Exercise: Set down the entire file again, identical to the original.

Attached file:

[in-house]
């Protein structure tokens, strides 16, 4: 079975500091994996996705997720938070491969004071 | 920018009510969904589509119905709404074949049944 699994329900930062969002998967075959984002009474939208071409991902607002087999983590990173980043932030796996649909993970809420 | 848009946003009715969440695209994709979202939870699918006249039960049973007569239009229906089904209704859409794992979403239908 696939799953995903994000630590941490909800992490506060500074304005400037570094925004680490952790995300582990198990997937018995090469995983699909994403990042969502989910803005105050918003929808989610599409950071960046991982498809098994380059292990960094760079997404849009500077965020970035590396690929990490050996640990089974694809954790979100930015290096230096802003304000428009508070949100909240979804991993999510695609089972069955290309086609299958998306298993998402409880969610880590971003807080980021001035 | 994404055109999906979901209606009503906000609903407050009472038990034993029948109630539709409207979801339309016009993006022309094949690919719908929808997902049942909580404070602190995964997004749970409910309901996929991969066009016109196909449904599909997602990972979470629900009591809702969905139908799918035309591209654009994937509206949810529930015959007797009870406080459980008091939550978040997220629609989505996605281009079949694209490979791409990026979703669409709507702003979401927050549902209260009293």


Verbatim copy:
[in-house]
């Protein structure tokens, strides 16, 4: 079975500091994996996705997720938070491969004071 | 920018009510969904589509119905709404074949049944 699994329900930062969002998967075959984002009474939208071409991902607002087999983590990173980043932030796996649909993970809420 | 848009946003009715969440695209994709979202939870699918006249039960049973007569239009229906089904209704859409794992979403239908 696939799953995903994000630590941490909800992490506060500074304005400037570094925004680490952790995300582990198990997937018995090469995983699909994403990042969502989910803005105050918003929808989610599409950071960046991982498809098994380059292990960094760079997404849009500077965020970035590396690929990490050996640990089974694809954790979100930015290096230096802003304000428009508070949100909240979804991993999510695609089972069955290309086609299958998306298993998402409880969610880590971003807080980021001035 | 994404055109999906979901209606009503906000609903407050009472038990034993029948109630539709409207979801339309016009993006022309094949690919719908929808997902049942909580404070602190995964997004749970409910309901996929991969066009016109196909449904599909997602990972979470629900009591809702969905139908799918035309591209654009994937509206949810529930015959007797009870406080459980008091939550978040997220629609989505996605281009079949694209490979791409990026979703669409709507702003979401927050549902209260009293």